Ten Things You Need to Know about Apartment Therapy

Part 3 - We Are All Looking for our Own Path

In working with clients and colleagues over the past ten years I've come to believe that no matter where we are in our lives, we all share a craving for finding our own path in life. This is a very natural longing, and something that can become buried over time, but talk to anyone about their home for five minutes and you uncover a very personal sense of direction that is working itself out and wanting to be expressed.

Everyone has this desire, and when you find your path in life, you are at your most comfortable and powerful.

Pin it button

When I was an elementary school teacher (I taught for seven years before I started Apartment Therapy in 2001) I had a wide range of children and talents in my classroom. While some were stronger in some areas than others, I came to appreciate that those who were happiest were the ones who identified what they were good at early on and found a way to do it a lot and get better at it. Every child in my classroom had at least one talent. It didn’t matter if it was math or knitting, sports or art, children blossomed when they found their niche and were able to excel at it.

As an adult we crave this experience just as badly, but we often don’t allow ourselves to act on it, and it's hard to go through life struggling with things that we think we should be good at, but which are just not our native talents. When you identify your own native talents and begin to build a life around them, an ease and a sense of joy permeates even the toughest work.

Pin it button
Pin it button
Yiming Wang in her home, NYC, 2009

Finding your own path can take time, but in my experience, our homes are one of the best places for starting to work it all out, because they are totally expressive of how we are doing. If your home is cluttered and blocked, you’re probably feeling it in the rest of your life. If your home feels good to you and you enjoy coming home and cooking dinner at the end of a long day, your work and social life are probably feeling pretty good too.

In this way, your home is both a foundation that supports you and a window into your soul.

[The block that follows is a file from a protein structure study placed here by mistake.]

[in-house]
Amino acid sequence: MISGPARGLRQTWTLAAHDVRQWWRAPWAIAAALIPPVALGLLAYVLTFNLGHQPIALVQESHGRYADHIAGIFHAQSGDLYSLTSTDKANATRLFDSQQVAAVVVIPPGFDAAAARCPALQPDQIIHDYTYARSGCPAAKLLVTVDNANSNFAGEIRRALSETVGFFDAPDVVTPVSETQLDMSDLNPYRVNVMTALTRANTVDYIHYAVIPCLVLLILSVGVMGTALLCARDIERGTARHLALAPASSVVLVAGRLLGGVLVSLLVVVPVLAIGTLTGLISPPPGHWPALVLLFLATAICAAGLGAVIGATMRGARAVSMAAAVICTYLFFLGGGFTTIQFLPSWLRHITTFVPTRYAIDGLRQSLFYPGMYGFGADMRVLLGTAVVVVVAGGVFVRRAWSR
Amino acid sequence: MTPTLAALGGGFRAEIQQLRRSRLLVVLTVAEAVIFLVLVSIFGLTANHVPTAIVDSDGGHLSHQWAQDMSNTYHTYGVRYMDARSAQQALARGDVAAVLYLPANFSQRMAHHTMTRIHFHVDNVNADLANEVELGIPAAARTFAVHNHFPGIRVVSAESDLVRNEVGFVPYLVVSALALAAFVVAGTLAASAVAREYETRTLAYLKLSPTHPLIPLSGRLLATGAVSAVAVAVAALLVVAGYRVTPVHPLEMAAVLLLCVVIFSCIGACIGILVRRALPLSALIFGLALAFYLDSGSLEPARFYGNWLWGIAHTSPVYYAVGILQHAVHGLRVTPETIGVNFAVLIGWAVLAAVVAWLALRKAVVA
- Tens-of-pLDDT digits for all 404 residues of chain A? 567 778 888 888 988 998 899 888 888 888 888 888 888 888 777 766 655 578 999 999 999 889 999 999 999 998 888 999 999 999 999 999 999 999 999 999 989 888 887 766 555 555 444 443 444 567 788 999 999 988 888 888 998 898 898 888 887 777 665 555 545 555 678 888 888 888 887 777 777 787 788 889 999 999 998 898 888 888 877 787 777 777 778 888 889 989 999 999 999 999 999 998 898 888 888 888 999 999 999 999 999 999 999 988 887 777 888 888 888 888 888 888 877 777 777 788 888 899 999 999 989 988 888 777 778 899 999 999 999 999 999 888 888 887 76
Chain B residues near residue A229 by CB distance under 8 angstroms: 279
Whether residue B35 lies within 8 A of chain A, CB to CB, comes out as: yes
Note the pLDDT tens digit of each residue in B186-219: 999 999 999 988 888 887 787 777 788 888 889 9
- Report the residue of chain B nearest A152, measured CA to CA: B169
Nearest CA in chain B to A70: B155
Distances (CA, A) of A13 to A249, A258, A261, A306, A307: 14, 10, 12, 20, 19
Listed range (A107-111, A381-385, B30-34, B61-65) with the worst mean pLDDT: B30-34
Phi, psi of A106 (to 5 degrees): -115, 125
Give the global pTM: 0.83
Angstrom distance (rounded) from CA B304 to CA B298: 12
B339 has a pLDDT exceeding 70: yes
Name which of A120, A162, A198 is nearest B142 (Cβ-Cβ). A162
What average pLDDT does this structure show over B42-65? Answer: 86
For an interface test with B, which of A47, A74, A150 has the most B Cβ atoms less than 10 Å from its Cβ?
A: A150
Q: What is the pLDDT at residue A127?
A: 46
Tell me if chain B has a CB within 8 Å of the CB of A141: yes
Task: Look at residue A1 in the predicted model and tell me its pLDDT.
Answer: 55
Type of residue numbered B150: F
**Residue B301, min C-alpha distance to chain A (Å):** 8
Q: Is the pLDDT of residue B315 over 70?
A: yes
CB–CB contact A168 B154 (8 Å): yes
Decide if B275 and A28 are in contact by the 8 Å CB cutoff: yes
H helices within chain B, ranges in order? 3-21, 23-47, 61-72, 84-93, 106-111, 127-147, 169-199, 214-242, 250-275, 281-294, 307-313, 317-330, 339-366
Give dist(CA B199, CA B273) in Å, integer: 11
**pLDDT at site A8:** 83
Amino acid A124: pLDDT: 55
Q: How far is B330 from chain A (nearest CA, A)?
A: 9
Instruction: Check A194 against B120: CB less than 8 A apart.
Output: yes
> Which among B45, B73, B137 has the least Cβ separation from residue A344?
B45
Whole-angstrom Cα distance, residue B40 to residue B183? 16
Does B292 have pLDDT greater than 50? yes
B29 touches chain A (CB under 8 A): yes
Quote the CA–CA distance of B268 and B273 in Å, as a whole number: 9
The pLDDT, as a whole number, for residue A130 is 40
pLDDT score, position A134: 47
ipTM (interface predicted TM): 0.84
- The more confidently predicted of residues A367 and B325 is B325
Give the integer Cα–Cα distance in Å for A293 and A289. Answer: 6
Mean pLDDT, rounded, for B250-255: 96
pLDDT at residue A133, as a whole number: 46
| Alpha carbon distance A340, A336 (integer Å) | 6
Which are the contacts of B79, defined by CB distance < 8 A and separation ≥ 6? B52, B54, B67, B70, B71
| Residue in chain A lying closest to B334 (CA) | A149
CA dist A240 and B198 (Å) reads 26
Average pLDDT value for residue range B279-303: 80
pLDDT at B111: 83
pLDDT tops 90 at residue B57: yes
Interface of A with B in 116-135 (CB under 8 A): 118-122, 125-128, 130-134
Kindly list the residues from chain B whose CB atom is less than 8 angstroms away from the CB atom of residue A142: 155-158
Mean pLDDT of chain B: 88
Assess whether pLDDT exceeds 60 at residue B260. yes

Ever go on a date with someone, like them, and then visit their home, only to be terribly put off by what you see? Ever go to a party at the house of someone you don’t know, love the house and then find yourself immensely attracted to the person who lives there when you finally meet them? I have, and I don’t think this is at all surprising.

What you see in a home is where a person is truly at.

In a very real way, the experience of building a home becomes identical with finding one’s path in life. Call it your own personal workshop, petri-dish, or what you will, your home is the only place you have on earth to organize, beautify, make comfortable and otherwise express yourself. It is the only place you have that is all yours, and if you can do it at home, you can start to do it anywhere.

Pin it button
Pin it button
Justina Blakeney in her home, LA, 2009

So Apartment Therapy, when you get into it, isn’t just about style and design, because for our readers, the home is just a taking off point. We’re about supporting and inspiring one another as we figure out how to design our lives. That’s why we do things like publish questions, organize monthly events, share children’s birthdays as well as reader’s homes, and post a ton of how-to’s.

We are aspirational, carving our own path and getting a little better every day.

Previous:

2. Your Home is a Path, Not a Place

Next:

4. My Path Has Been Twisty & Turny

Good Links

>> The Collyer Brothers via Wikipedia
>> Introduction to "The Ten Things..."

(Images: Top - Eric Slayton via Meter Gallery, The Rest - Yiming Wang's NYC kitchen, Justina Blakeney in LA from The Big Book of Small, Cool Spaces )

You might also like

Categories

Healthy Living

Maxwell left teaching in 2001 to start Apartment Therapy as a design business helping people to make their homes more beautiful, organized AND healthy. The website started up in 2004 with the help of his brother, Oliver.

27 Comments